Alexander Cobb‘s masterfully unhinged Ferdinand provides a realistic portrait into the mind of a man driven mad by his own relentless ambition, falling victim to this “great man’s madness”. Although a great man respecting his position in society, Ferdinand is by no means a good one, representing the dark, primitive nature of mankind. Ruled by his passions, his baseness merits the idea that everybody has the capacity for evil within, but his lack of self-control, enables him to act on his carnal desires without remorse. His descent into lycanthropy only reflects the beastliness within. In a bid to preserve the purity of his family’s lineage, his lack of morality only serves to strip him of such, clouding his family with darkness. His constant comparison to a tempest captures the nature of his personality – turbulent, unstable, explosive – and Cobb reflects such traits flawlessly.
Chris New‘s Cardinal, an embodiment of those corrupt officials governing in a politically unstable world, is inextricably wound up with the abuse of power. With an alarming disregard for morality considering a man in his ecclesiastical position he is, unlike his brother, unperturbed by passion, his motives for wanting to destroy the Duchess therefore unclear. Despite his obvious displeasure at his sister’s ‘alleged’ wantonness, the Cardinal himself has a mistress, Julia (because the rules are always different for men). At one point in the production he sexually dominates Julia (played by Aretha Ayeh), and this graphic, quite distressing scene just shows his perverse desire to be constantly in control. Throughout the production, New wears a pair of white gloves – unwilling to get his hands dirty, he hires others to do his dirty work for him. Puppet-master, he remains on the side-lines, observing and conspiring from a distance, pulling the strings. A cold-blooded megalomaniac, he does what he needs to do in order to retain his power.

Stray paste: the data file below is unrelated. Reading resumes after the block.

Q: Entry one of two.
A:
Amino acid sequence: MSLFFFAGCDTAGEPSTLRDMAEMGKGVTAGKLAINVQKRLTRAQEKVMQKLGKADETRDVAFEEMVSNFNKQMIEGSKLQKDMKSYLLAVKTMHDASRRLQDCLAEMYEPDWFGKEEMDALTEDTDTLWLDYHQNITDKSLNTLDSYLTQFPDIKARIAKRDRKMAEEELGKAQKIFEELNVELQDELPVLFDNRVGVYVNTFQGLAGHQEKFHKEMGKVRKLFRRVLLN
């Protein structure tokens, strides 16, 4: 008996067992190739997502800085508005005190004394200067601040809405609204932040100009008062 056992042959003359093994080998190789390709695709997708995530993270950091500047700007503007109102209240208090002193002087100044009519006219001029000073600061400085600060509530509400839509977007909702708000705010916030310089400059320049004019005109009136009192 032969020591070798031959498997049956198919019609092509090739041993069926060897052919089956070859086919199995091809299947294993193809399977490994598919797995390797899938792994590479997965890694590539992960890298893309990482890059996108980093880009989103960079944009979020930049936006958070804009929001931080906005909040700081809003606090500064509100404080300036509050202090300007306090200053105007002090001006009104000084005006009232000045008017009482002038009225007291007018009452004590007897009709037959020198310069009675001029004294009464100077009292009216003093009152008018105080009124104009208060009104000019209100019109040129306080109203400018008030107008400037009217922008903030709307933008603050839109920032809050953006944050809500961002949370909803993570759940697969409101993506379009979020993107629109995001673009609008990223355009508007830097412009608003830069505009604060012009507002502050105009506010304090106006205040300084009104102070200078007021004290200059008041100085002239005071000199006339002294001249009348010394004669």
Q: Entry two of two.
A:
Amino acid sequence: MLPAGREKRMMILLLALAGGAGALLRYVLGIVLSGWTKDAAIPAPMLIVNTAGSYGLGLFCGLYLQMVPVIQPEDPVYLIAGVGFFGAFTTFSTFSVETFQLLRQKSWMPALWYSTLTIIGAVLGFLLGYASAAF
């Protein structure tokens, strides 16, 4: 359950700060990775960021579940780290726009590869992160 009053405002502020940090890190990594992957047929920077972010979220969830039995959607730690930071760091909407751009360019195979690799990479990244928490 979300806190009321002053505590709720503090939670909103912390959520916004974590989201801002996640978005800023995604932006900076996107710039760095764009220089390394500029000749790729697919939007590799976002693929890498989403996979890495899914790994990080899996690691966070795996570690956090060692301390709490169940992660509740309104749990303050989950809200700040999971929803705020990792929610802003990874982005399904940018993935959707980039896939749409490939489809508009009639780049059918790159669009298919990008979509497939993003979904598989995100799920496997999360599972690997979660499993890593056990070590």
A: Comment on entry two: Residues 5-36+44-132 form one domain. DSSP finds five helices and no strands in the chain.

Nicolas Tennant‘s Bosola is a very significant character with a key role, and the production heavily focuses on the bitter inner struggle he undergoes due to his shifting morals. A complex character, he is one who is not evil, yet commits acts of evil. Hitman-turned-avenger, he seems to exist outside of the social system, and is thus able to peer in with an unbiased view, merely an employee, “creature” to Ferdinand, revealing honest truth regarding society, and it is he who appears to learn the most, having undergone much character development. His remark that we are “merely the star’ tennis balls” highlights his knowledge that all the play’s characters, himself included, are manipulated, bandied to and fro, prey to the devastating interaction between free will, and fate, “unfortunate fortune”, vividly evoking man’s inability to control the future.